Canada has the oldest National Park system in the world. Banff National Park was the first park created in 1885, and since then an additional 37 parks have been created in the 13 provinces and territories of Canada. The parks are protected natural spaces that represent unique geographical regions. The parks span the range of Canada’s great nature – from rocky mountains to sandy beaches, from frozen tundra to grassland expanses. Some of the most popular are visited by upwards of 3 million people a year, and others see only a handful. Explore them with us in this top 10 list!
10. Cape Breton Highlands National Park
Cape Breton Highlands National Park is in Nova Scotia on the east coast. Bordering the Atlantic Ocean, the park is well known for steep cliffs and narrow river canyons. The Cabot Trail runs through the Park and is famous in its own right as a beautiful and scenic drive along the coast. There are numerous viewpoints along the roads in the park giving you the chance to enjoy the scenery, watch the wildlife (moose, bald eagles, and whales are popular) and just to stop for a picnic. There is camping and hiking as well as kayaking and fishing in the park.
9. Jasper National Park
Jasper National Park is in Alberta in the western half of the country and is comprised of a large section of the Rocky Mountains. Jasper is one of the world’s largest Dark Sky Reserves and there is an annual Dark Sky Festival during the Perseid meteor shower in August. In the winter there is skiing and snowboarding in the park, and in the summer camping, hiking, canoeing and exploring are all popular activities. Bears and elk are common sights throughout the park.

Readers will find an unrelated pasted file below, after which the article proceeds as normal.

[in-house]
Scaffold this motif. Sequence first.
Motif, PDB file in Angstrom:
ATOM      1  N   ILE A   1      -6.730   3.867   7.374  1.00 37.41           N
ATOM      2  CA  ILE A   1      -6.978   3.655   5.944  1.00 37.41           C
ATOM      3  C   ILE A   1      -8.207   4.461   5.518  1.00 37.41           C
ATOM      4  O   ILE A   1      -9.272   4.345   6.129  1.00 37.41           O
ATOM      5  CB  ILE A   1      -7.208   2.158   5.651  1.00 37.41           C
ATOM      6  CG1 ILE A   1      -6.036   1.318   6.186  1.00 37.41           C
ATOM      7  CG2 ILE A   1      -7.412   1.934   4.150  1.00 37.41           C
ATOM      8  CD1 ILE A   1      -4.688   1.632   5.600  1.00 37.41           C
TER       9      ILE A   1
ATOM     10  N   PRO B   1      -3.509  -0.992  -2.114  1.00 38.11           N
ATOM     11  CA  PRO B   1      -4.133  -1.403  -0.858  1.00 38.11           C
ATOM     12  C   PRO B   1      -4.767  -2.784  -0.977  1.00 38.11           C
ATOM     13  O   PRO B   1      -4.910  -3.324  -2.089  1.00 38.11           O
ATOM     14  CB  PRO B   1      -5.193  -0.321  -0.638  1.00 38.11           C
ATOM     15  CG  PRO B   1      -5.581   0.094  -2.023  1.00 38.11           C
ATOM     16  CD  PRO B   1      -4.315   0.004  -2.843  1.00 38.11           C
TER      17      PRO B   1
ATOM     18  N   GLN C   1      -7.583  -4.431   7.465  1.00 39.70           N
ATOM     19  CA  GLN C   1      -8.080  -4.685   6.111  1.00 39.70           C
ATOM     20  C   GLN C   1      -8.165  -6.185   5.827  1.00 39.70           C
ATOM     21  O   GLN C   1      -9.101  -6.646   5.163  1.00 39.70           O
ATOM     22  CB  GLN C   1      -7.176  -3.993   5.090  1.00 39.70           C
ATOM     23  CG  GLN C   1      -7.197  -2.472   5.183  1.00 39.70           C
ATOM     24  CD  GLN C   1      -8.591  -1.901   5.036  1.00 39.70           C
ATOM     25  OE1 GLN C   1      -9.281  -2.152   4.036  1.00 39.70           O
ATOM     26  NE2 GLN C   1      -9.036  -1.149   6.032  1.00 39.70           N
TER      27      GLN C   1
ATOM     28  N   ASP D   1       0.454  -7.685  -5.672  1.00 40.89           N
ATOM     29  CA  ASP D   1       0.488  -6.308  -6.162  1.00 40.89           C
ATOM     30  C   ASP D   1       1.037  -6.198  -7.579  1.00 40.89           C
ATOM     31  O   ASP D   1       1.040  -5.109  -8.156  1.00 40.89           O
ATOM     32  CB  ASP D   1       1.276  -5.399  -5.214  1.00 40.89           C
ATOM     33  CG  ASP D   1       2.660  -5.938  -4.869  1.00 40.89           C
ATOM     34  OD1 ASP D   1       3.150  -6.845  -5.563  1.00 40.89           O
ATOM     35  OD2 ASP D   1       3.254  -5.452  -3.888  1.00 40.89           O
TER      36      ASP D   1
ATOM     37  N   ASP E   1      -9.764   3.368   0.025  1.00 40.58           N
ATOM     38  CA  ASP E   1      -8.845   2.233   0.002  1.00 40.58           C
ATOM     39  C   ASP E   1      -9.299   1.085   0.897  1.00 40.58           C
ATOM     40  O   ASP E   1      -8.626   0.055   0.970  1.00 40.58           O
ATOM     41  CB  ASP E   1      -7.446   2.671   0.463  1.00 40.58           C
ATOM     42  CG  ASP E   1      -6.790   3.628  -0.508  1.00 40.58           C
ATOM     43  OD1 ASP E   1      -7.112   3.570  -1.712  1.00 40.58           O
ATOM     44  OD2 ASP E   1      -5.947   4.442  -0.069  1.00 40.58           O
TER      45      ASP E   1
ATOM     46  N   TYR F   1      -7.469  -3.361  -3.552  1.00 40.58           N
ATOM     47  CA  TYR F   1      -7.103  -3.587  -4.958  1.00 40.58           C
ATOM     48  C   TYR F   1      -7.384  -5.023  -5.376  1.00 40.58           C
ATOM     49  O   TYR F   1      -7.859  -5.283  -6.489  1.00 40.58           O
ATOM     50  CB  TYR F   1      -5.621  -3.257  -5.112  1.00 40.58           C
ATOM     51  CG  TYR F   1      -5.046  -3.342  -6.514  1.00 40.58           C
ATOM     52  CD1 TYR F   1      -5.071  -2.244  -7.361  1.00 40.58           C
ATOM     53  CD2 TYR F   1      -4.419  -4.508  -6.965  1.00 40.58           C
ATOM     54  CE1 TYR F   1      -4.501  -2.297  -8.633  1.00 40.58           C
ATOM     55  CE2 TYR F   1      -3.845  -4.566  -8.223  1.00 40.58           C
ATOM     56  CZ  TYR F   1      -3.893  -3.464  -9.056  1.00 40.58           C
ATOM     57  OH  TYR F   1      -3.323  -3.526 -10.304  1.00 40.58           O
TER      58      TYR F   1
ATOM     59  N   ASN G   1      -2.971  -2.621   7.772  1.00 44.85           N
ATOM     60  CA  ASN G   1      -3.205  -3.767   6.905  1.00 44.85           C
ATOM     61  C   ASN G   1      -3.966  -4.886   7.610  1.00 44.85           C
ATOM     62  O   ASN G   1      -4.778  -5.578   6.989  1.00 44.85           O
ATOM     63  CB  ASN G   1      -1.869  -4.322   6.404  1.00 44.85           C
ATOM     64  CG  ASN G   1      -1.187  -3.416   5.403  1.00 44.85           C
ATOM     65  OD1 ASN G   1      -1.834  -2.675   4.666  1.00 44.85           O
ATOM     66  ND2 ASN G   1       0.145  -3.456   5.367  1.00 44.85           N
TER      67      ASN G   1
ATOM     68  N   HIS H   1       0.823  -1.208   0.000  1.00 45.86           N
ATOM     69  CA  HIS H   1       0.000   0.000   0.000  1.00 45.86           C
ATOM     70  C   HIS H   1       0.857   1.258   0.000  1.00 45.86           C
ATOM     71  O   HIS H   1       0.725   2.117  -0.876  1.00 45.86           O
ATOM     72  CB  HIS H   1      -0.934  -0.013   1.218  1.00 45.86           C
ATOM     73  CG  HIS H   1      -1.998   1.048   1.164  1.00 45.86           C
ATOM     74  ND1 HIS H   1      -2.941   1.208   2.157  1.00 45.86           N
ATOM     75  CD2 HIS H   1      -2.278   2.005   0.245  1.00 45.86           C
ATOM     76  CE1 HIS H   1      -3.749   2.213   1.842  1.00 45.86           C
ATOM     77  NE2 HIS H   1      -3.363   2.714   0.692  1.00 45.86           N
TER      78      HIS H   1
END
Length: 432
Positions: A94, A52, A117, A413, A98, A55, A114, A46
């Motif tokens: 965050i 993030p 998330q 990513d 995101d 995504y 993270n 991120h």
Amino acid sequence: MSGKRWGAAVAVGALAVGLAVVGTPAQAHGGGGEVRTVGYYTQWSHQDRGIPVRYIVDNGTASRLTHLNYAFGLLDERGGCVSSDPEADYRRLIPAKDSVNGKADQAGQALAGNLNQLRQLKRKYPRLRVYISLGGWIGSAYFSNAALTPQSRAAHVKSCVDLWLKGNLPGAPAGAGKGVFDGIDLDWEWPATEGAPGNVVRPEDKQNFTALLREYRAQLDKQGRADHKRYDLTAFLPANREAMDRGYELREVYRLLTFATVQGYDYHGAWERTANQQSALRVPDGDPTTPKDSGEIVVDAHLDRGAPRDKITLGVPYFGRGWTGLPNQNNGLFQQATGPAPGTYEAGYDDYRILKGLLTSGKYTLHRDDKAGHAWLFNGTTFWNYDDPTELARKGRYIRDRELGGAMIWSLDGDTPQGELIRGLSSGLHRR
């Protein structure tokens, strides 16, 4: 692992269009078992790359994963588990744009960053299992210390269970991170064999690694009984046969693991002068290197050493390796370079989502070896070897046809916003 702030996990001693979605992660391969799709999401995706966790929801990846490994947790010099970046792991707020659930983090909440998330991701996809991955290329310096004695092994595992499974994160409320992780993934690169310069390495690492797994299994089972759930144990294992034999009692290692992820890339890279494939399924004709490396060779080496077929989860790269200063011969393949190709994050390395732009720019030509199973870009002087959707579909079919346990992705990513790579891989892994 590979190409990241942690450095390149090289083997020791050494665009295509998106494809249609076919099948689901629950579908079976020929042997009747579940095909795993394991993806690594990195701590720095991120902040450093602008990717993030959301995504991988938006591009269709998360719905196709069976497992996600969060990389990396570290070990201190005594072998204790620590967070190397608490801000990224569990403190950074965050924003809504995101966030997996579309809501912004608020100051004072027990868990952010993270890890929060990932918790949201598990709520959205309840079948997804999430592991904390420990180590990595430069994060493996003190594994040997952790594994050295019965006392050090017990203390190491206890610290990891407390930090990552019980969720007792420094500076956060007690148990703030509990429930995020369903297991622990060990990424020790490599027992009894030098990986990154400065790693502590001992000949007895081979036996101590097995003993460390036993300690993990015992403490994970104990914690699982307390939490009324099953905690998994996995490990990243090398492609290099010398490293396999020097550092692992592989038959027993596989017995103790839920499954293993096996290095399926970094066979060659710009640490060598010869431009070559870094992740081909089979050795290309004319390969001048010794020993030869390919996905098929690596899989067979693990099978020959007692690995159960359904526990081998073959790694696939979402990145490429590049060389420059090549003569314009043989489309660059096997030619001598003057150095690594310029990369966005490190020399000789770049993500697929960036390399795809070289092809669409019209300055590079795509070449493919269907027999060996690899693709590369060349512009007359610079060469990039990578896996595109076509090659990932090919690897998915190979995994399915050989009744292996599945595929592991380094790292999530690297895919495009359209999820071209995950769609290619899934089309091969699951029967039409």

8. Fundy National Park
Fundy National Park is back on the east coast, this time in New Brunswick. Home to the highest tides in the world, the Bay of Fundy waters rise as much as 15 meters (50 feet) twice a day as the tide comes in. Kayaking along the coast is a popular pastime, as are exploring the coastline at low tide and hiking and biking the trails in the park. There are campsites and yurts to stay in, as well as a nine-hole golf course – but watch out for the resident deer.
7. Bruce Peninsula National Park
Bruce Peninsula National Park takes us to the middle of the country in northern Ontario. At the tip of a peninsula separating the beautiful Georgian Bay from the rest of Lake Huron, the park is part of the Niagara Escarpment which stretches from Watertown, New York, up to just south of Sault Ste. Marie, and then southwest almost to Chicago. The rocks of the escarpment create a particularly rugged landscape on the shores of the bay, with caves and steep cliffs. One of the highlights of the park for many people is hiking out to the Grotto, a natural cave in the limestone just above the waterline.
6. Auyuittuq National Park
Auyuittuq National Park lies in the far northeast of Canada on Baffin Island near Greenland. Auyuittuq means “the land that never melts” in Inuktitut. Almost entirely within the Arctic Circle, this park encompasses the harsh environment of the far north: glaciers and towering peaks look down on tundra valleys and deep fjords. Because of the extreme environment, visitors must register with the park office before entering and attend an orientation course. Backpacking and mountain climbing are the most common pursuits in this park, and Mount Asgard and Mount Thor are common destinations.